Default Photo.

We all sport badges of shame and pride; some we earn, others are foisted on us. One of my claims to shame had always been that I’d never lived in a state that allowed dove hunting. I was born and raised in Wisconsin, lived in Iowa for eight years and then moved to Minnesota more than two decades ago. Legislators from these otherwise honorable states simply never had the chutzpah to do the right thing and establish a dove season.

But I’m proud to report that my burden has been lifted. This year, Minnesota will host its first modern dove season, thanks to diligent and intelligent lobbying by conservation groups, support from the DNR, and politicians who listened to science and reason and not emotional game-playing. Gopher State sportsmen have been handed a hard-won privilege (which Wisconsin hunters have already enjoyed for a season–could Iowa be next?), and I pray we capitalize on our opportunity.


Of course, you don’t have to travel far to find a good dove hunt in the Midwest. In Indiana, the Huntington Reservoir is a large public area noted for top-notch gunning over planted sunflower fields. Though the first two days of the hunt are reserved for hunters who apply in advance, shooters who show up early during the rest of the season can bag one of the slots offered on a first-come, first-served basis.

I’ve always adored chasing upland birds in September, especially on cool, frosty days that hint at the fall to come. In Michigan’s Upper Peninsula, the ruffed grouse season opens this month, and counties like Dickinson, Iron and Menominee should host good hunting in young aspen clear-cuts and thickets of hazel and alder near creek bottoms–even though ruffs are far from the peak of their 10-year cycle.

In North Dakota, sharptails are the bird hunter’s target of choice this month. I’ve been impressed by the opportunities on the Little Missouri National Grasslands in western counties like Bowman and Slope. Remember to bring water for the dog. The September hunt is hot and arid.

Ohio waterfowlers kick off their season with early opportunities for geese and teal, and the Mosquito Creek Wildlife Area is a good place to start. Located only 55 miles from Cleveland, this public hot spot hosts a resident goose flock that gets an infusion of birds during the fall migration.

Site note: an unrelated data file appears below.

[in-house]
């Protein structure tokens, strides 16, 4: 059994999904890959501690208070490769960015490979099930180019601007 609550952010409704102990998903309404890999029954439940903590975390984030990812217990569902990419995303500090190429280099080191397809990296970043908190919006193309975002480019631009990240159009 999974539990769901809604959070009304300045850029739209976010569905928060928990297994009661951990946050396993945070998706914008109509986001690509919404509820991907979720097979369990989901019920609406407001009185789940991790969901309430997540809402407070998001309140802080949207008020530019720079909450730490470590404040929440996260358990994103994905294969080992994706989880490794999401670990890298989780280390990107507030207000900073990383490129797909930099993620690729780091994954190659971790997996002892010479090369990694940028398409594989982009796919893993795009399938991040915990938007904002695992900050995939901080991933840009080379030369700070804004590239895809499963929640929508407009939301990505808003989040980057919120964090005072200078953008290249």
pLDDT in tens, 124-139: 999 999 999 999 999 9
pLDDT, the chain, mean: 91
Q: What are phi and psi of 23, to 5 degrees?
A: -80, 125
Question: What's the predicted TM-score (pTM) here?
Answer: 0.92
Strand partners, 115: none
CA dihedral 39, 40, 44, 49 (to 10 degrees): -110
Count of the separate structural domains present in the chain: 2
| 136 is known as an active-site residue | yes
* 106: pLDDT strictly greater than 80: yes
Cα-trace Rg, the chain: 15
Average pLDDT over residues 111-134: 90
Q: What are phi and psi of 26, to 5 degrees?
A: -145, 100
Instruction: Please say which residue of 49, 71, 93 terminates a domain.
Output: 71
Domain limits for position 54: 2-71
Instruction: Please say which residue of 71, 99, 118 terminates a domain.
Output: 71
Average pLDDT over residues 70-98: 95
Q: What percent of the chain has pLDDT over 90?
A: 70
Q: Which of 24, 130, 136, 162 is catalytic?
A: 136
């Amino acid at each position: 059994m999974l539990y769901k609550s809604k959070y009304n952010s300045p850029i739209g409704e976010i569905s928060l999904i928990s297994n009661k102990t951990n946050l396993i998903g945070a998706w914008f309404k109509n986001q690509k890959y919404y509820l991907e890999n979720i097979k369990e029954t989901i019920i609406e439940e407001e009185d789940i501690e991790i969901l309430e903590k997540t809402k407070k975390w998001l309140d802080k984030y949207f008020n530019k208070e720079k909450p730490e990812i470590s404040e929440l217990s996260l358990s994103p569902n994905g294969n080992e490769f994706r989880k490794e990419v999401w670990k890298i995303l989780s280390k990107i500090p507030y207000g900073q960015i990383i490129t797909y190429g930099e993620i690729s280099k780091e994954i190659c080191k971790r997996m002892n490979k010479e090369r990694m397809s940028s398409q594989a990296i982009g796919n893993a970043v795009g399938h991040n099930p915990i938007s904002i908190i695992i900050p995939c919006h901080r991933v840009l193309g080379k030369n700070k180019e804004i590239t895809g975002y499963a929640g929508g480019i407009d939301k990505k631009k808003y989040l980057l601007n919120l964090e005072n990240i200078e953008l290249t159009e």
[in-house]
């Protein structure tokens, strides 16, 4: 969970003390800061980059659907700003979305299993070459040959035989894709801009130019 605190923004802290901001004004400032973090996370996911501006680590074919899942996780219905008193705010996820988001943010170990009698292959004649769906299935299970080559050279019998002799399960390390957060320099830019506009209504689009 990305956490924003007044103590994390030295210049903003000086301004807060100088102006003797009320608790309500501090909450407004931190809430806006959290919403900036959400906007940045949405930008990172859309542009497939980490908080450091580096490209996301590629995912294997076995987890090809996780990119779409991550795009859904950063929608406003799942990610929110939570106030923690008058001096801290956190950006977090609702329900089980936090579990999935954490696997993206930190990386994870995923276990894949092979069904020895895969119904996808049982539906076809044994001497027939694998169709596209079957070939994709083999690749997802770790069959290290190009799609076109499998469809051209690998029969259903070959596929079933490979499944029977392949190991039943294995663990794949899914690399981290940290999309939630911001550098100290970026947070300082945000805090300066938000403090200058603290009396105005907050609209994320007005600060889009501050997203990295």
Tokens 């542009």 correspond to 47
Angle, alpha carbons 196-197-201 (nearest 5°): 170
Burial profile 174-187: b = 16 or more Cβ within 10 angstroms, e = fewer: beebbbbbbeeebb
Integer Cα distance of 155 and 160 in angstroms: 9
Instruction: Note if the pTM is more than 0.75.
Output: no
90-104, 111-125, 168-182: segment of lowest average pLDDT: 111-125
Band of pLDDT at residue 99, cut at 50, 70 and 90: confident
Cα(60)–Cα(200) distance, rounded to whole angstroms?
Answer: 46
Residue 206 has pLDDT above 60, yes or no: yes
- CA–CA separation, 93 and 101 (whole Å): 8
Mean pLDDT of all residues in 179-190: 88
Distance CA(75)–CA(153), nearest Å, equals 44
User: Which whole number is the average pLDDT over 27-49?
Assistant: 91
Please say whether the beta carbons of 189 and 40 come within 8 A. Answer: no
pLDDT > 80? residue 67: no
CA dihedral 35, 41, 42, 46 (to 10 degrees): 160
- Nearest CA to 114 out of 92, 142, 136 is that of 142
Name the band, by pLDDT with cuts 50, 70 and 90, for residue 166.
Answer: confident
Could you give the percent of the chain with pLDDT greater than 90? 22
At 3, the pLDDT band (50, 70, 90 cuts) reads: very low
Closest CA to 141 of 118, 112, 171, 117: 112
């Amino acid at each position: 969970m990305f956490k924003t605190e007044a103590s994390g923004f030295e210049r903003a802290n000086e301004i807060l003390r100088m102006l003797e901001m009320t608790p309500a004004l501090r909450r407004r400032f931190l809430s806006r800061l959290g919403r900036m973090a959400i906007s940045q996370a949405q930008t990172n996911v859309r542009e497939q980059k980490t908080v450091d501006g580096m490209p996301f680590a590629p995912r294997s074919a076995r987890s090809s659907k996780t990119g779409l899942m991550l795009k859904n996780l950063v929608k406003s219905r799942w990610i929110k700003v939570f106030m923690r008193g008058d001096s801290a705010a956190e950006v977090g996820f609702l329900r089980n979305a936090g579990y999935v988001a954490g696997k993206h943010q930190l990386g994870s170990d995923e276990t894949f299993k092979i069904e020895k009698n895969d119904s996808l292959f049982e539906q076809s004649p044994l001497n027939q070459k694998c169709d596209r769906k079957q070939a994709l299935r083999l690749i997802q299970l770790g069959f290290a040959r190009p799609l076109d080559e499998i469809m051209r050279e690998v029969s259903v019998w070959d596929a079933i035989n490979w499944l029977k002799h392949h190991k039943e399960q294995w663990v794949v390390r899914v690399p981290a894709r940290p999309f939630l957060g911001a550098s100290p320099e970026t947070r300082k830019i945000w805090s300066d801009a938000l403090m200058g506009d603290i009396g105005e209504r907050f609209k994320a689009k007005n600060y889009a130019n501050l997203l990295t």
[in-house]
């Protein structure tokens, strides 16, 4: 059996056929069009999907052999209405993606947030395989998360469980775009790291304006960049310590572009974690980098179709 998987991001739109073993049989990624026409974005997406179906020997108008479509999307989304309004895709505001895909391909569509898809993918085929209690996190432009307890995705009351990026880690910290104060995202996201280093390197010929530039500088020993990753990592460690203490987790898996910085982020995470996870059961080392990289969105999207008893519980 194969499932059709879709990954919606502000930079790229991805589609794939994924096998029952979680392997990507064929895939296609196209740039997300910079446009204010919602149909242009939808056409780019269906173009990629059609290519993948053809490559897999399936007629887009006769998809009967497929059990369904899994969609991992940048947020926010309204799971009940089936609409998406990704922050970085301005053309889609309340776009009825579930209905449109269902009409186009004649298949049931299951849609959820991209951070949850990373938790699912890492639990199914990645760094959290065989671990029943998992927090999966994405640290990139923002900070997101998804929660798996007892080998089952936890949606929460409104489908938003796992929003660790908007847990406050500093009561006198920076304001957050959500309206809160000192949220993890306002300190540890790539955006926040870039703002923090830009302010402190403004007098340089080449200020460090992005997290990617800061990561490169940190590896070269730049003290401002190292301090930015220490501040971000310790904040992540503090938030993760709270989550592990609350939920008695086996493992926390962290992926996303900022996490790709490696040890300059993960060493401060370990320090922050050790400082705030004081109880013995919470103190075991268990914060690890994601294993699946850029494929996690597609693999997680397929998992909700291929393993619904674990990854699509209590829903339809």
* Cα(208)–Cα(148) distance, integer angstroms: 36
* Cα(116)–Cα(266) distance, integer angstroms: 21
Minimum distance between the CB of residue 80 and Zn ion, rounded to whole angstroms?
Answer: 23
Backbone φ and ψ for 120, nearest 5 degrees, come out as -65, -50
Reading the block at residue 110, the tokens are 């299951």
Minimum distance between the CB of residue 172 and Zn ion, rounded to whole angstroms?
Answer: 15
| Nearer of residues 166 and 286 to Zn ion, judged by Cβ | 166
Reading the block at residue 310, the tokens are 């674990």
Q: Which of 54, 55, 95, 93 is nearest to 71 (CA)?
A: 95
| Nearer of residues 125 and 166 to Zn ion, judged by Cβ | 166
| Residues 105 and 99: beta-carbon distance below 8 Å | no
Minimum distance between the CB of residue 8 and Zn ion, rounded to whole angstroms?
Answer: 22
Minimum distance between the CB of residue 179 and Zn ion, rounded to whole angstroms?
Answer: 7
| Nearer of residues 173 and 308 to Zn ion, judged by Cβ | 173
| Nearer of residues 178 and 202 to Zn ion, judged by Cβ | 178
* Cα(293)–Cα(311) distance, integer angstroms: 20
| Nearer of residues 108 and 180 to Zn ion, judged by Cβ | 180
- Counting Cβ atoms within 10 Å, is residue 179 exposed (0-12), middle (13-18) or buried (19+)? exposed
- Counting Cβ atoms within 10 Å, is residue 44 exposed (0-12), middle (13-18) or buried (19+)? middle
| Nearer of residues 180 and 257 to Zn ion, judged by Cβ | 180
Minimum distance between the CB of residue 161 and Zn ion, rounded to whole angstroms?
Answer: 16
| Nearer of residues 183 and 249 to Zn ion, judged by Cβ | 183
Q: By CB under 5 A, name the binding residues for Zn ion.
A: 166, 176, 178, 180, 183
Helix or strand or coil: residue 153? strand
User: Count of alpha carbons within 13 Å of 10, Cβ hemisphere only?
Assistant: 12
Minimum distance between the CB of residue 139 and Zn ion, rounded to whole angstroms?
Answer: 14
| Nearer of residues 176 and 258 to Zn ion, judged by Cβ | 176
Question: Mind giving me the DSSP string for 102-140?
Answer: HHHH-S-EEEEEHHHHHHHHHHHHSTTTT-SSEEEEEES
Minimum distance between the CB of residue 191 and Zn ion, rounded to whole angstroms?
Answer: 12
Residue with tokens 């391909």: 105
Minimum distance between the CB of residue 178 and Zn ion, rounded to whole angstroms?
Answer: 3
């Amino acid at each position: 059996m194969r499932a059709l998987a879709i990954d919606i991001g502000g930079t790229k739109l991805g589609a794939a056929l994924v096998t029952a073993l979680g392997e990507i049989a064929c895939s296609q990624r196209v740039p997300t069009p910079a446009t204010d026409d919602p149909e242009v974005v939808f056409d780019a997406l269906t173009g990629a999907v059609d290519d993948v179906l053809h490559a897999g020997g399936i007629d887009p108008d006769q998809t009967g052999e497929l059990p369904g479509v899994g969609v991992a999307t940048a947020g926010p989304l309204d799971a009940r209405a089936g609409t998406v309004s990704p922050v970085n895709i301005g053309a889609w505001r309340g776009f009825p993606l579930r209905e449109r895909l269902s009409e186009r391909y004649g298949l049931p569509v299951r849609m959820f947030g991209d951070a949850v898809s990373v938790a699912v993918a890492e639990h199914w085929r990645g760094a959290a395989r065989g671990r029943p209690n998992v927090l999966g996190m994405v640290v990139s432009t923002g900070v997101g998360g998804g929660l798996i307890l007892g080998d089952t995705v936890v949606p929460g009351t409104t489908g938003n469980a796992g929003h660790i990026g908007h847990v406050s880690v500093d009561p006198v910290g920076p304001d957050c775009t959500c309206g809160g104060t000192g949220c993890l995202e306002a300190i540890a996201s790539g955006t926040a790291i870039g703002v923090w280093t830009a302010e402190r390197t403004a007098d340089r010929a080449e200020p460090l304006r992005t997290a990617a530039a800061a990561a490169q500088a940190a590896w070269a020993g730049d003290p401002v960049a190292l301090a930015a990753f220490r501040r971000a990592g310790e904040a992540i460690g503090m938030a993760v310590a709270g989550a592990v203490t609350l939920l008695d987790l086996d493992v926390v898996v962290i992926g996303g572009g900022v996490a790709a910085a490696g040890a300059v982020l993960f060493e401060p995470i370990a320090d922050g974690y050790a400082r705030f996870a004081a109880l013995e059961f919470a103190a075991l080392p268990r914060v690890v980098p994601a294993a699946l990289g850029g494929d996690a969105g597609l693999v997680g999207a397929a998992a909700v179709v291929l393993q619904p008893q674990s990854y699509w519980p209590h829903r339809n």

Smallmouth bass are but one species that turns on in South Dakota’s Lake Sharpe in September, as they return to shallow, rocky bays. My friends tell me that that the waters near Fort Thompson are particularly kind to anglers who pitch tube jigs and crankbaits. Another good bet is the small rivers in northeastern Iowa. Float the upper reaches of the Upper Iowa, Maquoketa or Wapsipinicon (known as the “Wapsi”) and you’ll be torn between scenery and smallmouths up to 5 pounds.

A fine fall trout fishery can be found in Nebraska’s Pine Ridge region. There, creeks like Big Bordeaux (near Chadron) and Soldier (in Fort Robinson State Park) host intimate trouting that’s worth a look. Scout for deer and bird seasons while you’re there.


Many folks have whitetails on the brain this month. If you’re one of the lucky ones to draw a coveted tag for the Kansas early muzzleloader season, it’s time to start scouting prime food sources like alfalfa and soybeans. Don’t neglect water sources, especially if it’s hot and dry. Coincidentally, many top public hunting areas are situated near reservoirs and river systems.

Finally, Wisconsin bowhunters are looking at a banner year this fall. Deer numbers in northern counties like Sawyer and Price are in excellent shape. The Chequamegon National Forest has been a perennial winner, but state tracts (like the Flambeau River State Forest) are logged more aggressively these days and also get the nod. For a crack at a north-country bruiser, hike in and hunt the edges of remote aspen clear-cuts or oak ridges abutting a swamp or creek. Here’s hoping your fall is a winner.

For more regional information, go to